Is pet insurance worth it ? 

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Written By Charlotte Miller


We all love our pets, but there’s no denying that they get sick and injured just like we do. And when it comes to unexpected veterinary bills, the amount can add up fast. So, is pet insurance worth it? That depends on your situation.

works like human health insurance

Pet insurance works like human health insurance. You pay a monthly fee and in return, you get coverage for unexpected accidents or illnesses. It is not meant to cover routine care such as annual check-ups, vaccinations or heartworm prevention. Some policies have deductibles and co-pays that can affect your overall costs depending on the type of coverage you choose.

Some pet insurance companies offer wellness plans that reimburse up to 80 percent on common pet illnesses such as diarrhea and ear infections (for example). There may also be restrictions on which conditions are covered by the plan alongside other terms and conditions that must be met before submitting a claim (e.g., waiting periods).

Although some policies include reimbursement for routine expenses such as annual vaccines, wellness exams or other preventative care costs are typically not covered by these types of policies even though they might be covered under medical plans offered by human health insurers.”
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pays for unexpected accidents

Dog insurance can cover a lot of situations. It pays for accidents to the animal, accidents to the owner, accidents caused by the pet and even ones that are caused by others. The coverage is extremely important for pets who have been in fights or had an accident that resulted in medical bills. It also covers injuries from negligence on your part as well as your pet’s negligence.

doesn’t cover routine care

As a pet parent, you’ve probably been asked many times if a certain vet bill can be covered by your insurance. It’s imperative to understand what routine care is and why it’s not covered by pet insurance.

Routine care includes vaccinations, spay/neuter, regular check-ups with your veterinarian and more. If your pet has an illness or injury that requires treatment (and not just a yearly exam), then that is considered non-routine care and may be eligible for reimbursement.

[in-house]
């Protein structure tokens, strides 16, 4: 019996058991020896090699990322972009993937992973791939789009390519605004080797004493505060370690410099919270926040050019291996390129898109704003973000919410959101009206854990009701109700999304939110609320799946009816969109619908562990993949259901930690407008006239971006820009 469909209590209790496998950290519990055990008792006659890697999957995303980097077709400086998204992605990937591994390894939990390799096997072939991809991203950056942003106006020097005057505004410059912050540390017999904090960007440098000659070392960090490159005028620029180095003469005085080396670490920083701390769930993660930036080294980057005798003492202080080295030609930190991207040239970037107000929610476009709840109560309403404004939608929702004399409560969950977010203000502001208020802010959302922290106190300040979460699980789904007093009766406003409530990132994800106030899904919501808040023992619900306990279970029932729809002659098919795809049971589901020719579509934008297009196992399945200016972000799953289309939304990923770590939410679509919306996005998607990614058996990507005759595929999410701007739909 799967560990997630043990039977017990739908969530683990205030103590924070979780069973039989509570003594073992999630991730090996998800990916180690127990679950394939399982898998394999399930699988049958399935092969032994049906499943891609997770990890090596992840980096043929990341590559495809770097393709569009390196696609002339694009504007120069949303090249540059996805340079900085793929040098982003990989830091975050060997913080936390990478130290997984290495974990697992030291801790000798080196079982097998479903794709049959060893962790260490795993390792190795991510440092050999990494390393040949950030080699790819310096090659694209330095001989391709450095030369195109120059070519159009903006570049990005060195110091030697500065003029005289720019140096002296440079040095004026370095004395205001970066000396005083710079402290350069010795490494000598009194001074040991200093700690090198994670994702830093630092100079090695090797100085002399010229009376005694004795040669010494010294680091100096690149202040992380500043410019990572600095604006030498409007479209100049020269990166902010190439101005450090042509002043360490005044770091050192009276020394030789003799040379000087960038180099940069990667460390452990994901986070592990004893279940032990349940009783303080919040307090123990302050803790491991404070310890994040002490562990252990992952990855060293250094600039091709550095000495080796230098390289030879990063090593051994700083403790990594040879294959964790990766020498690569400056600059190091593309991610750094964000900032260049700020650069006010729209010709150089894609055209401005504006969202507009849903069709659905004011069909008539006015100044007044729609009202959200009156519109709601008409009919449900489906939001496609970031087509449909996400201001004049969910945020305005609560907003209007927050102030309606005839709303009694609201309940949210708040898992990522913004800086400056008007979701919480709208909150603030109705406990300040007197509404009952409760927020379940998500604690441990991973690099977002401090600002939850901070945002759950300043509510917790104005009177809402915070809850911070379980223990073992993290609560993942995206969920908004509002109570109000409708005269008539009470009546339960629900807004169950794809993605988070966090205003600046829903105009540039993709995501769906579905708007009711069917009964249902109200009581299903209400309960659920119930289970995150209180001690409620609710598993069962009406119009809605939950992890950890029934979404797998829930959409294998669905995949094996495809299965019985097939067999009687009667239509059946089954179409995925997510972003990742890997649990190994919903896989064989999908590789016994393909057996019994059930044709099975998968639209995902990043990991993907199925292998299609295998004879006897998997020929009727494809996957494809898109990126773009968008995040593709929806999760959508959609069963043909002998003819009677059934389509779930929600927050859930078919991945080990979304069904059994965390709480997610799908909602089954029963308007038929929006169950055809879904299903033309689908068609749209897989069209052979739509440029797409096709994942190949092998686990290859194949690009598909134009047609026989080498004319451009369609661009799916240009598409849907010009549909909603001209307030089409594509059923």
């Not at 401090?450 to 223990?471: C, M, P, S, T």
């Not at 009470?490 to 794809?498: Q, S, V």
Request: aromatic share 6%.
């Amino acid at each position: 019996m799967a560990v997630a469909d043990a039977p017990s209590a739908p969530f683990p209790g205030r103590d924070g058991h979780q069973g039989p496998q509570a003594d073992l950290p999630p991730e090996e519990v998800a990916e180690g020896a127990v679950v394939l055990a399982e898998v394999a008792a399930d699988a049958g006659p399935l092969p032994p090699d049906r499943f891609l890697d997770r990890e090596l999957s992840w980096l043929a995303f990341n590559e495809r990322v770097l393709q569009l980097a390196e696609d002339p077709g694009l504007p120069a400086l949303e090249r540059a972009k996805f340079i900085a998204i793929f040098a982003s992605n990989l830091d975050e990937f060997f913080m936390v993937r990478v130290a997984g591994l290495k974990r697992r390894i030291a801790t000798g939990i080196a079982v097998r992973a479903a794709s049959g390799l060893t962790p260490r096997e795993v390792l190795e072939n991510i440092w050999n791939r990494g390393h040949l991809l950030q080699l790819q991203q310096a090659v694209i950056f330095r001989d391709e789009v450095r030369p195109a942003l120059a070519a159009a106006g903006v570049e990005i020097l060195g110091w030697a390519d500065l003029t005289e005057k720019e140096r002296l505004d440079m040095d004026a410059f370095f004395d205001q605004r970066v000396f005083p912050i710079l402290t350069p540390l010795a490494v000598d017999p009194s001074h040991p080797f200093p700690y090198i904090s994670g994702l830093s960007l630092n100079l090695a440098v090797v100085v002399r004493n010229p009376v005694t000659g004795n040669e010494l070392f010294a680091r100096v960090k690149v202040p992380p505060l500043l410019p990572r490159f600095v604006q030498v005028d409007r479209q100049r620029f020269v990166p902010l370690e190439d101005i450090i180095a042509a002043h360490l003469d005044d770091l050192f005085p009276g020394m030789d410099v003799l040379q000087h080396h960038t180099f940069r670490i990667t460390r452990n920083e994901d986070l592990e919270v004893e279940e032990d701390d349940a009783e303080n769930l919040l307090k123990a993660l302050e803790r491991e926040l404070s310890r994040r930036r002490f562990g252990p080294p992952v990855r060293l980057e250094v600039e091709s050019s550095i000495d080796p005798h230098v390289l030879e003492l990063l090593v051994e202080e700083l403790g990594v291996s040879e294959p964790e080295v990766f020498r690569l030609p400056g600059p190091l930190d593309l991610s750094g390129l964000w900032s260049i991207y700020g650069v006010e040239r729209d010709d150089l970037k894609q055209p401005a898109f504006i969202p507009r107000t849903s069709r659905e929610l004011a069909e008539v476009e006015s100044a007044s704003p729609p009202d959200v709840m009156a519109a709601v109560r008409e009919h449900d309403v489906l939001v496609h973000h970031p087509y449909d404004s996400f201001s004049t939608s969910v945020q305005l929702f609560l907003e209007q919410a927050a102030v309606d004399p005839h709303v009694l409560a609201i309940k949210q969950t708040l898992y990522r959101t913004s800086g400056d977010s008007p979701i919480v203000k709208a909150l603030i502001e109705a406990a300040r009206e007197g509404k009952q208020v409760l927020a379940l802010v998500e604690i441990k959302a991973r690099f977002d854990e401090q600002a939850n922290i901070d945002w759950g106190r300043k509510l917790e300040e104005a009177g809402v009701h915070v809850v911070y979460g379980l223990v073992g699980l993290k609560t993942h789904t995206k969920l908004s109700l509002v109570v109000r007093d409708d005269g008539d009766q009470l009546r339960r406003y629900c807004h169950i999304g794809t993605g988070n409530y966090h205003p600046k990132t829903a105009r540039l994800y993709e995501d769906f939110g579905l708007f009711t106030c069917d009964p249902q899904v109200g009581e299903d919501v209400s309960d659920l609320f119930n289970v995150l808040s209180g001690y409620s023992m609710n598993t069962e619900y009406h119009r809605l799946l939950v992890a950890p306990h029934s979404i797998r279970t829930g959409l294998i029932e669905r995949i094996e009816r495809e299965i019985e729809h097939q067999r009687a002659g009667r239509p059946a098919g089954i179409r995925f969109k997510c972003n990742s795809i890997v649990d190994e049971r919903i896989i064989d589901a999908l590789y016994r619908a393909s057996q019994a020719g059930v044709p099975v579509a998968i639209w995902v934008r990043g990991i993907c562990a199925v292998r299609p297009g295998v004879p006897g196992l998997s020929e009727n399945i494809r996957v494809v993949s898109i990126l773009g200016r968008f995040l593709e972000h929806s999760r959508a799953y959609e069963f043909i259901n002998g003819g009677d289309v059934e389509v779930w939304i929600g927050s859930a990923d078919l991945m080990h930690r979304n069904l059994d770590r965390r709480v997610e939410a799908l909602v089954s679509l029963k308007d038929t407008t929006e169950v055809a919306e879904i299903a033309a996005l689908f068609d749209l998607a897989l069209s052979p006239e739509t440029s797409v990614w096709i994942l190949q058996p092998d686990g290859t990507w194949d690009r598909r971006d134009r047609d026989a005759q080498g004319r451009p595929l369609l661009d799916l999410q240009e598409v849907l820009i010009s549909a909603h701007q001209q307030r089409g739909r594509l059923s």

covers pre-existing conditions

There are a few things to keep in mind about pre-existing conditions, so let’s start with the basics. A pre-existing condition is any type of medical problem that already exists when a pet becomes insured. An example would be if your dog had been diagnosed with cancer before you purchased pet insurance, that would be considered a pre-existing condition.

So how do you know if your pet has any pre-existing conditions? You’ll want to ask the insurance company for their list of covered conditions—a good company should have one on hand or easily available. If they don’t have one, look closely at all of the exclusions listed in their policy and compare these with what was listed on any previous vet records or diagnoses sheets (if they were provided). Also make sure to check whether there are any specific types of treatment that aren’t covered by the plan; some plans may not cover major surgeries while others will only pay out benefits up front but not during recovery periods later down the road—it varies from plan to plan!

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ranges from $20-$70 per month

The cost of pet insurance depends on factors like the type of coverage you want, the breed and age of your pet, and how much it weighs. In general, premiums can range from $20-$70 per month.

A deductible is like an out-of-pocket expense for your vet bills. A low deductible might be $50 or less; a high one could be several hundred dollars or more. You may also choose to pay extra money at the time you visit the vet in order to waive any deductibles if your dog needs surgery or another procedure that requires advanced care (such as chemotherapy).

The type of coverage available will vary depending on which company you go with—and even within companies there are differences between their policies—but some basic types include:

Pet insurance may be worth it if your pet gets sick or injured.

Pet insurance is not a necessity for everyone and if your pet is healthy, you may feel the cost of pet insurance outweighs its benefits. However, if your pet gets hurt or sick and requires extensive medical treatment, then it can be worth purchasing a policy.

If you decide to get pet insurance, do some research before choosing an insurer and make sure that they cover the types of things that are important to you (such as dental care). Also consider whether they have any restrictions on pre-existing conditions and how long they will cover them once such conditions are diagnosed. If a policy has been purchased with no waiting period, some policies allow cancellation within 60 days of purchase while others do not allow cancellations at all – even if there was fraud involved in obtaining coverage which resulted in false claims being submitted for reimbursement by the insured party!


Pet insurance is a good way to protect your pet from unexpected accidents and illnesses. If you’re thinking about getting it for your dog or cat, talk to an expert first.